Summary: The fourth in a series dealing with the parables found in Matthew. This sermon was preached on Memorial Day and so it somewhat ties in with that holiday.
Soldiers for Christ: (Parables of Matthew Part Four)
Text: Matthew 13:18 – 23
Well it’s Memorial Day weekend; and as you all know, Memorial Day was a holiday created originally for the purpose of honoring the men and women who gave their lives in service to this country. There’s a saying that says, “Only two defining forces have ever offered to die for you: Jesus Christ and the American Soldier. One died for your soul, the other for your freedom.” And I think it is good, and noble, and honorable to remember the sacrifices our brave men and women have paid in service to this country. But at the same time, I also agree with General George Patton who said… and I’ll paraphrase his quote because he used some choice words… but Patton said, “The object in war isn’t to die for your country, but rather to make the other guy die for his.” And personally; I wish we didn’t have to have this holiday. Nobody wants to see their brothers in arms give their lives. But the sad reality and fact is – that in wars, lives are always going to be lost.
When I joined the Army, we had a tough… and I mean tough DS. Drill Sergeant Todd. Six feet tall, 220 pounds of pure muscle and anger. And what made it worse was that he didn’t even want to be a DS. He had been a Ranger, then SF, and then Delta Force, and that’s where he wanted to be, but he had been selected for DS duty, but he really wanted to be back in the field, down range not training new recruits. And I’ll never forget one of the first things DS Todd told us. He said, “You can listen to me and live, or not listen and die.” And that set the precedent. Immediately we knew that we were being trained as soldiers in service to the United States of America, and we would be ready and equipped to fight if war ever came.
So as we look at our text this morning, I want to remind you that Jesus was training these men as soldiers in service to the Kingdom of Heaven (See vs. 52). Because whether we like it or not… the Bible tells us that we are in a spiritual war.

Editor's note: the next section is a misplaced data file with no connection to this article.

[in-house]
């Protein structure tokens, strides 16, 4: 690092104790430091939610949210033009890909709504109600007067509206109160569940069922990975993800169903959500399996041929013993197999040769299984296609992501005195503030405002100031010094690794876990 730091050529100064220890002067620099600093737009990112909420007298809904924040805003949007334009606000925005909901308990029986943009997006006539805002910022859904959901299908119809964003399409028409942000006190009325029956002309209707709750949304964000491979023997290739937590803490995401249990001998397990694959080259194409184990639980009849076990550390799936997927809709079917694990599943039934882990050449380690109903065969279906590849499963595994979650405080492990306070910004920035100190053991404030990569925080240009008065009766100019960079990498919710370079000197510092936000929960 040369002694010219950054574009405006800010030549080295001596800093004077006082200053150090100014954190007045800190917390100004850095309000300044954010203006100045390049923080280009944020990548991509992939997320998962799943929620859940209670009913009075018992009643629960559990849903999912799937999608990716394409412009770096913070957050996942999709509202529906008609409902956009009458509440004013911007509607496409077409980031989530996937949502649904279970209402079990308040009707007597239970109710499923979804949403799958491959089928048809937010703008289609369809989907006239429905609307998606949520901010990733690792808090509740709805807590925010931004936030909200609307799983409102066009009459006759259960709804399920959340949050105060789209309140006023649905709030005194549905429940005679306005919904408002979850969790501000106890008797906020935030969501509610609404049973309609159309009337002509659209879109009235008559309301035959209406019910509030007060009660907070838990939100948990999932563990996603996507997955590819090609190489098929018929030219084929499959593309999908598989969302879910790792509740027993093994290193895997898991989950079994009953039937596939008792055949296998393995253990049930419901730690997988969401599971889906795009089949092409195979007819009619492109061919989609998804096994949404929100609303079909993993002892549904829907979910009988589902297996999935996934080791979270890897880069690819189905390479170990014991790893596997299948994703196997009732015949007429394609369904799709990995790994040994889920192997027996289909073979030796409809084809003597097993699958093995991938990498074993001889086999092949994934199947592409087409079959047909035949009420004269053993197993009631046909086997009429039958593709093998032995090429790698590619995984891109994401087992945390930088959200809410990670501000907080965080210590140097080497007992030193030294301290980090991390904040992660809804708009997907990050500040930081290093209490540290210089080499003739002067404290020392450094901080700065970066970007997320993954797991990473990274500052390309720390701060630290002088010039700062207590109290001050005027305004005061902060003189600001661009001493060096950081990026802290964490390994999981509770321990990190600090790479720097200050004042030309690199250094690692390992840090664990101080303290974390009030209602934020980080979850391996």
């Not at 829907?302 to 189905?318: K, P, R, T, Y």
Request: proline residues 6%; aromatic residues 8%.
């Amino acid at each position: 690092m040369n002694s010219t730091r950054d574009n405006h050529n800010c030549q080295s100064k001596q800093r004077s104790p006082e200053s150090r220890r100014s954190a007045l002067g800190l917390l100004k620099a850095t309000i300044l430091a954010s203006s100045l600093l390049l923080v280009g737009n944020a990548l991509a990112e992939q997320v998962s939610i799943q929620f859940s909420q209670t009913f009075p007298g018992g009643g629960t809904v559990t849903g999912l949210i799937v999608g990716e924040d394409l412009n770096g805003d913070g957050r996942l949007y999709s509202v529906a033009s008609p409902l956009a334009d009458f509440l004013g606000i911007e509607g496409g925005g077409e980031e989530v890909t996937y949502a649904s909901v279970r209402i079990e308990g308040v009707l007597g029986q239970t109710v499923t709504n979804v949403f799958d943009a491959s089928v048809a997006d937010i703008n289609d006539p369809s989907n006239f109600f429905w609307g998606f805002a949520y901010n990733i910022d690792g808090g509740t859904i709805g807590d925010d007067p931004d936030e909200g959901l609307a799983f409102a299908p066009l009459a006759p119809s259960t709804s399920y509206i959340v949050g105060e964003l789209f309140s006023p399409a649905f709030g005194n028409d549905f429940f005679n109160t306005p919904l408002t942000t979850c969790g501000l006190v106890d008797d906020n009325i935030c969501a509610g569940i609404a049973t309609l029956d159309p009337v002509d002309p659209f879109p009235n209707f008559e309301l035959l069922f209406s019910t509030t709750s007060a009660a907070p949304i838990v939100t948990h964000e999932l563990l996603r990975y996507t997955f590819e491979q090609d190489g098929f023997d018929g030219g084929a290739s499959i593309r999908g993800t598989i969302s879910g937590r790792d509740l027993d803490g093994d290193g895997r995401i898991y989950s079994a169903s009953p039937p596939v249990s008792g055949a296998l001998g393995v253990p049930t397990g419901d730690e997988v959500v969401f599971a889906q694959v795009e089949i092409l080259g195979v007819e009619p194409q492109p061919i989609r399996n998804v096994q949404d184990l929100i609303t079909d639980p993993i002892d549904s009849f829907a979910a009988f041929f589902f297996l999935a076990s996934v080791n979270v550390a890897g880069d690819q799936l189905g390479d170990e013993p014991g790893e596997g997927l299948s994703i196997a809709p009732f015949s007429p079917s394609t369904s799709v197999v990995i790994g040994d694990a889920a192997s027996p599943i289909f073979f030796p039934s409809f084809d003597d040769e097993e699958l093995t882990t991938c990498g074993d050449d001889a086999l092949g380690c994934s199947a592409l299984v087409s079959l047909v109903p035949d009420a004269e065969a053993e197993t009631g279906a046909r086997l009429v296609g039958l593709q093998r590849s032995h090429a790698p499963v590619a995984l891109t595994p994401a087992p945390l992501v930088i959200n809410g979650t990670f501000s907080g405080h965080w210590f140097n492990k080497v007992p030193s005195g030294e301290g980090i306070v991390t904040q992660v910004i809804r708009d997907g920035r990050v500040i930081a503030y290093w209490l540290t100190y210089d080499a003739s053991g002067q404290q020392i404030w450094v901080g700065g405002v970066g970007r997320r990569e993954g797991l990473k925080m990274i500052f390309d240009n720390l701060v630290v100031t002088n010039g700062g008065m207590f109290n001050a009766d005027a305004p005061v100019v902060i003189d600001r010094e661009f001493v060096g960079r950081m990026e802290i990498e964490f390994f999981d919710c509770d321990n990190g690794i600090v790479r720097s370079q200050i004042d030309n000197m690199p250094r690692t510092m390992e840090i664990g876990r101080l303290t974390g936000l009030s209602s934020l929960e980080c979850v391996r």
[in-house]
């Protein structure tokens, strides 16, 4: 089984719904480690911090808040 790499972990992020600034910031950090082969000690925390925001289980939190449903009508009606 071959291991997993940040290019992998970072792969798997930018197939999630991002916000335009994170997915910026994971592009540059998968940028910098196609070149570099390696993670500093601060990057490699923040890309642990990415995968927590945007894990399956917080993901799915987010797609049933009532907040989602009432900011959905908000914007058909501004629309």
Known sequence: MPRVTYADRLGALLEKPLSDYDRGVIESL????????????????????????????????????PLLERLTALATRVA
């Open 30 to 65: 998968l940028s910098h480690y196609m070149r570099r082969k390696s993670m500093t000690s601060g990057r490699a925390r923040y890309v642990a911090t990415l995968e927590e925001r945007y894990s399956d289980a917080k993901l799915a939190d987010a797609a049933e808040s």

So… let’s look at our text – Matthew 13:18 – 23 (READ).
Last time we talked about WHY the Word of God comes in the way it does… today we’re going to look at how it can be received, or I guess we could say, the way we respond to it. And if you remember; Jesus had told the parable of the sower, and on the outside it seemed like a lesson on planting crops, but Jesus said, “He who has ears to hear, let him hear.” Which was a clue to us that there was a deeper meaning to the parable. And from our text, we see that this is actually a lesson on God’s Word. There are 4 soils, and each one produces a different result. And we see in verse 19 that the soils are the human heart (not this muscle that beats in our chest, but rather our inner most being). The Seed is actually the Word of God that is being proclaimed. And we see also that out of the four, there’s only one way that the Seed ever produces fruit.
I once heard a preacher say, “There are many paths to hell, and I’m sure you can find one that is precisely to your taste.” But the Bible tells us that there’s only one way to God. It’s a narrow way, but it leads to eternal life. And that’s through Jesus Christ. “No one comes to the Father but by Me.” So you understand… this is Jesus saying, “You can listen to me and live, or not listen and die.” Peter understood that… there’s a story in the Gospels where a lot of the people who had been following Jesus got to a point where it was too hard and they turned their backs on Him and followed Him no more, and Jesus looked at His disciples and said, “Will you go away as well?” And Peter said, “Lord where will we go? You have the Words of eternal life.”
So… let’s look at Jesus’ explanation of this parable of the sower.
The first soil (or heart) is there in verse 19 (READ). It’s the seed sown on the path.
And what this is – is a picture of an impenetrable heart. When the seed lands on the path, it doesn’t penetrate the ground at all. It’s just lying there, so it’s easy for the birds to come up and snatch it away.